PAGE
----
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Advocacy for a gradual reopening of cinemas in Nigeria and Kenya has been mounted by the film regulators of the two African countries. This came up recently during a Zoom Meeting between the Executive Director, National Film and Video Censors Board, Alhaji Adedayo Thomas and the Chief Executive Officer of the Kenya Film Classification Board, Dr. Ezekiel Mutua.
The two chief executives deliberated on the effects of the COVID-19 pandemic on the film industry in their countries, collaborations and contents harmonization in Africa. The Zoom meeting was joined by top officials from the two countries’ film regulatory agencies.
The Zoom meeting observed that COVID-19 had ravaged the film industry with cinemas being most affected due to adherence to social distancing. Film production, they noted equally suffered a blow as big productions were halted due to the pandemic.
The two regulatory authorities therefore urged their governments to give serious considerations to the reopening of cinemas with the full adherence of the World Health Organisation and their respective countries’ COVID-19 protocols. They averred that the COVID-19 pandemic might stay longer than expected. According to them, any further delay in the reopening of cinemas would further sink the sector, with cases of take-over becoming increasingly likely.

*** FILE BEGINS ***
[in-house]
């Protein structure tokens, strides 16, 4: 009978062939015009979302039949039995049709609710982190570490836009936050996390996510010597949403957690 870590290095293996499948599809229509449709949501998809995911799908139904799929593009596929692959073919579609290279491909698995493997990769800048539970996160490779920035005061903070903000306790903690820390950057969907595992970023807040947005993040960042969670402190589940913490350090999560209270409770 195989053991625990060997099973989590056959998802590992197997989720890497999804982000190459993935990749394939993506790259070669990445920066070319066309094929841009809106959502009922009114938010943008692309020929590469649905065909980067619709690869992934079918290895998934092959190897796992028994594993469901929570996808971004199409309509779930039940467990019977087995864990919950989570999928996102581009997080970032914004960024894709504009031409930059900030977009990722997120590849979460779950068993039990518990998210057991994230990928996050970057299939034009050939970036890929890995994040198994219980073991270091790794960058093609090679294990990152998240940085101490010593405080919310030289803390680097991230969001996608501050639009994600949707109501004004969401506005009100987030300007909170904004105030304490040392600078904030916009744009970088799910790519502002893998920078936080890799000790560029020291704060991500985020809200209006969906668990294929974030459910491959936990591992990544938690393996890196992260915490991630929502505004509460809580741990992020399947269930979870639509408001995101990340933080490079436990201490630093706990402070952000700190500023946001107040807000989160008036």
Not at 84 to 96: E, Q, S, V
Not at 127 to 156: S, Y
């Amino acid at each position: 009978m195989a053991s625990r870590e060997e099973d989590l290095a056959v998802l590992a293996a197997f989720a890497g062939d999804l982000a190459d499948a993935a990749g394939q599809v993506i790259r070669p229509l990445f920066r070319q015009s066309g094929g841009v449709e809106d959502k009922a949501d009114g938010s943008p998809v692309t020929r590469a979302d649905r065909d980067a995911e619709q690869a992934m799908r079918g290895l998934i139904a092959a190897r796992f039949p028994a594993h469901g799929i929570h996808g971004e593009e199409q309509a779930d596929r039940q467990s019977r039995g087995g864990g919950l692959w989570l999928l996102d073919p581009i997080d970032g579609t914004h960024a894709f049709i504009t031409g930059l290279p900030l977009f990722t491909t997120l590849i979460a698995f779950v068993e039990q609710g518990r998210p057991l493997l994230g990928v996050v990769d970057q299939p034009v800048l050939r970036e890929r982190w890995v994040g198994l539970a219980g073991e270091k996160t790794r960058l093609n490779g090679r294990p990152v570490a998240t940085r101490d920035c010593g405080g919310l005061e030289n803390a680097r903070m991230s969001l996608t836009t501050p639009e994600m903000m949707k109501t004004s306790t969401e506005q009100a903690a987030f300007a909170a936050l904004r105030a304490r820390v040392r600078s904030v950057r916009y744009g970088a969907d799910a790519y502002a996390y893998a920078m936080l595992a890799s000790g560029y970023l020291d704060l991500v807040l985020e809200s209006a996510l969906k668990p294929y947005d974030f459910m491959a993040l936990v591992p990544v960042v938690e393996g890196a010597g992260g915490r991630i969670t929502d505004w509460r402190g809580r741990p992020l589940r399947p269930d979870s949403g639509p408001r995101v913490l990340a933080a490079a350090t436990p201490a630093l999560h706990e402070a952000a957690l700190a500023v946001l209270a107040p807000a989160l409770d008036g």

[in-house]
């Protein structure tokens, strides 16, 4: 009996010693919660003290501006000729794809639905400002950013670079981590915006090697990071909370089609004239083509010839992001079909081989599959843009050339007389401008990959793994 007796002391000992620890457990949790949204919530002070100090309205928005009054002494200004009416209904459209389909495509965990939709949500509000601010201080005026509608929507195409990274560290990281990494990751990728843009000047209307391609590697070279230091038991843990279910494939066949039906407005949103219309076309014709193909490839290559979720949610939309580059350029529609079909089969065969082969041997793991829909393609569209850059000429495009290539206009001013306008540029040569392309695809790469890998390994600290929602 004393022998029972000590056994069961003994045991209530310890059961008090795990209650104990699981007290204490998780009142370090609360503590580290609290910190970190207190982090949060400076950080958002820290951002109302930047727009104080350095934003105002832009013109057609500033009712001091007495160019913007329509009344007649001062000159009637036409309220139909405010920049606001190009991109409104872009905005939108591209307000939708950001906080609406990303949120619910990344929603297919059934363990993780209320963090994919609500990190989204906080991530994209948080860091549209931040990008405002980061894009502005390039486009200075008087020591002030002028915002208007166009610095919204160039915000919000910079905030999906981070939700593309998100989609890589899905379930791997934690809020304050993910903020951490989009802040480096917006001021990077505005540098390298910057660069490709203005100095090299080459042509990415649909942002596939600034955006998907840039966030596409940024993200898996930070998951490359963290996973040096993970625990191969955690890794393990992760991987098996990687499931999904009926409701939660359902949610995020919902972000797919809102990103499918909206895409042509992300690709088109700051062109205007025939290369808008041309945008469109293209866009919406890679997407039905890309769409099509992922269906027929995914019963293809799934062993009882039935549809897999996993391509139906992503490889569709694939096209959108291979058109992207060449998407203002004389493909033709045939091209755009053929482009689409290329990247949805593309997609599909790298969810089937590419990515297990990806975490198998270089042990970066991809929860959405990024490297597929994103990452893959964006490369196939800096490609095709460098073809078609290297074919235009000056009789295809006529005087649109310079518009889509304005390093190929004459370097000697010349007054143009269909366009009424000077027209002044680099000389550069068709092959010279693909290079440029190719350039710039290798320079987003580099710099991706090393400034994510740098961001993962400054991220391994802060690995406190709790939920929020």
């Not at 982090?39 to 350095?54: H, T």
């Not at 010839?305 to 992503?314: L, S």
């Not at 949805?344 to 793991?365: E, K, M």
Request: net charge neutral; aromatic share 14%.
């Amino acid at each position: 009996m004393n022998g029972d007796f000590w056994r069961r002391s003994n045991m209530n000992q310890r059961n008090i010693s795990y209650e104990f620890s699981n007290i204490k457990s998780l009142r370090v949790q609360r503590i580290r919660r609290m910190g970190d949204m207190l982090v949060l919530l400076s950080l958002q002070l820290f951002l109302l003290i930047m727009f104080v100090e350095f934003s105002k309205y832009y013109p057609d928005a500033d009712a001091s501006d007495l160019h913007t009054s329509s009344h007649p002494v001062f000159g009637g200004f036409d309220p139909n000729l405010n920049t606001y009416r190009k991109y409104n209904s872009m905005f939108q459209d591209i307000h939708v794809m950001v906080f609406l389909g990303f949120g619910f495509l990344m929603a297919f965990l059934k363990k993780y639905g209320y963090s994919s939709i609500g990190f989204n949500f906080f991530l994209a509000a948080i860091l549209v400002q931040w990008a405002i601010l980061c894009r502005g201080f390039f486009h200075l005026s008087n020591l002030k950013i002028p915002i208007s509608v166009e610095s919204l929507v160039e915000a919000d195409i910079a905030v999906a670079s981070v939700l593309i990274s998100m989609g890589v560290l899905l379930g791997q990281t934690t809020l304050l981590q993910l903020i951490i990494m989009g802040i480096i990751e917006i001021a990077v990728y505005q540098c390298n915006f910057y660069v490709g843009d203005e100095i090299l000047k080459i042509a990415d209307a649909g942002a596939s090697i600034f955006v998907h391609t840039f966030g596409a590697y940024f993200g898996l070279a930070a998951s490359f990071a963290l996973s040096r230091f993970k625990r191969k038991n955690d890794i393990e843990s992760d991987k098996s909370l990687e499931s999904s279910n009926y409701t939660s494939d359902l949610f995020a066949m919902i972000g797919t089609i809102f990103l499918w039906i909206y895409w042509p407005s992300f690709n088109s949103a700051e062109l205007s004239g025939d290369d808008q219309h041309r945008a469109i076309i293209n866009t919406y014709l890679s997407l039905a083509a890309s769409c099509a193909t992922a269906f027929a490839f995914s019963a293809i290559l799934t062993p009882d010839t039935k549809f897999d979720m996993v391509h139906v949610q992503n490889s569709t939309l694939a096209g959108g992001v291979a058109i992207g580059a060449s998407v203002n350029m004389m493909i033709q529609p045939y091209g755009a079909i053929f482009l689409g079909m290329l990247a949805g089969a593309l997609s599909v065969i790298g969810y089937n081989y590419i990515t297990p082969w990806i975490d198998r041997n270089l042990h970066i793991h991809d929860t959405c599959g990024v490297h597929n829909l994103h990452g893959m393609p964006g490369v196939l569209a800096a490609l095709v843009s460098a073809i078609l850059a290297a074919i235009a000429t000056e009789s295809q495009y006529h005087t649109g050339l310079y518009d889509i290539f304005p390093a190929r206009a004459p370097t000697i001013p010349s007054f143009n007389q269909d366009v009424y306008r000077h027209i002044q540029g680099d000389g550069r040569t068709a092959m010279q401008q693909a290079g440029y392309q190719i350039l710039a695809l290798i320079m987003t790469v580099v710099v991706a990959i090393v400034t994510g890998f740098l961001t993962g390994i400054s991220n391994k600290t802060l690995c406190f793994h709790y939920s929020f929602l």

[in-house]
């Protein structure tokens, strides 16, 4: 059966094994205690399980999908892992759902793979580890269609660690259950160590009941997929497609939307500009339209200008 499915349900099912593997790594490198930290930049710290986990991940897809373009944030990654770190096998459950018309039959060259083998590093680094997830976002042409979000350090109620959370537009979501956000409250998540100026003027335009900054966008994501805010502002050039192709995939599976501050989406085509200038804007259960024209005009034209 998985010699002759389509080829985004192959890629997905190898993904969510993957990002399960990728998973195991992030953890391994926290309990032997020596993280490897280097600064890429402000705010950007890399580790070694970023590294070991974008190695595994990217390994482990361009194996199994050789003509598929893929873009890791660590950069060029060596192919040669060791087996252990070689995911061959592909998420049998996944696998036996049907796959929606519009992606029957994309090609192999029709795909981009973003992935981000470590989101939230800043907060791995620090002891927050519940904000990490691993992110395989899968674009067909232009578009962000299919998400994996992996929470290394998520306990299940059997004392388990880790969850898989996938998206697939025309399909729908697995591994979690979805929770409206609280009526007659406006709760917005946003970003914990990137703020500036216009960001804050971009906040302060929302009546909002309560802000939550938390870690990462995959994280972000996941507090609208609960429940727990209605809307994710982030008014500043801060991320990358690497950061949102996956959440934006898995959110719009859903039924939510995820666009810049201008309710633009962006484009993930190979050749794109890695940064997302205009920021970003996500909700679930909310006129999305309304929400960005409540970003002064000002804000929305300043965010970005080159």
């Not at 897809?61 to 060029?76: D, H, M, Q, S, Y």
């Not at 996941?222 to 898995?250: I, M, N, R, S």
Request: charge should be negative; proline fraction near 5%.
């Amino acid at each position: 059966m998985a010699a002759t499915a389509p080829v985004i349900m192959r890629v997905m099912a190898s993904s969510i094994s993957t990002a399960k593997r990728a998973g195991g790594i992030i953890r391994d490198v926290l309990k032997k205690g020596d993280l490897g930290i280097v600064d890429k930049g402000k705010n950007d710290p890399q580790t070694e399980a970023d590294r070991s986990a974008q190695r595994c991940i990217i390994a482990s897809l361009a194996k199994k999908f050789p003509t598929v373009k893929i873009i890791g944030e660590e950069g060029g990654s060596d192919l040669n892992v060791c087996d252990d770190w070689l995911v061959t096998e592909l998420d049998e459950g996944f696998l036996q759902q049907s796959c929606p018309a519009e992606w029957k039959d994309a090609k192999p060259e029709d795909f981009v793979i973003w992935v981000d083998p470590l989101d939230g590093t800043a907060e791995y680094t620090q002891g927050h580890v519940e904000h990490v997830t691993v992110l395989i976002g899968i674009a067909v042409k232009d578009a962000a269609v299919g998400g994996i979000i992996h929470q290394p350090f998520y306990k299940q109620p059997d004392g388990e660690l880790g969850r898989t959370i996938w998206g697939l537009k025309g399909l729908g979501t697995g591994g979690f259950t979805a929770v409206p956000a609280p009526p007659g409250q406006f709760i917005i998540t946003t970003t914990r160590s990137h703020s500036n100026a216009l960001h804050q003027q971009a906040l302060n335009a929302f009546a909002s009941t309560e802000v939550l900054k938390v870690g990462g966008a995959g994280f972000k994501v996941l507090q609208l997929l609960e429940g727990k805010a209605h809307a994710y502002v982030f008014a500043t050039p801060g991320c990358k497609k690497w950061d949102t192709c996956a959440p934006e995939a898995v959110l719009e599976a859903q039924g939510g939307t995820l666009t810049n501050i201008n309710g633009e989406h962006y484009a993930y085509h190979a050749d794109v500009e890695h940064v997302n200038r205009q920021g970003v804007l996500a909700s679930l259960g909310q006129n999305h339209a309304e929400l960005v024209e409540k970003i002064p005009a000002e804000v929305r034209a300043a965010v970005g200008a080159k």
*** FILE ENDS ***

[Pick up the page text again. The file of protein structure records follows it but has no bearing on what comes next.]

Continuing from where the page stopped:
According to Mutua, Kenya has recently witnessed auctioning of cinemas and huge job losses making their government roll out palliatives for the sector. The film regulators therefore, advocated the reopening of cinemas with all the protocols of social distancing, hand washing, use of sanitisers, and restrictions on snacks among others in place. These they noted, would likely see the cinemas operating at half capacities.
Adedayo stated that already, the government was studying the recommendations of a private sector committee on palliatives for the industry. He regretted that COVID-19, would most likely reverse most of the gains of the past few years, hence the need for the government to take steps to safeguard the industry. He contended that cinemas had fewer less capacities than airplanes and in most cases shorter durations for films.
Noted Adebayo as a way forward: “Cinemas could open and allow only films of not more than 90 minutes duration. The same thing as an hour flight plus boarding and landing formalities”.
He stated further that there are very few cinemas in Nigeria that had sitting capacities of 300 per cinema hall. Majority of the cinemas are below this threshold.
Declared he: “So we are looking at cinema halls with less than 100 persons each if social distancing is applied.”
He assured the government that the Board would ensure full compliance of all the COVID-19 protocols by the Cinema operators if the cinemas were reopened.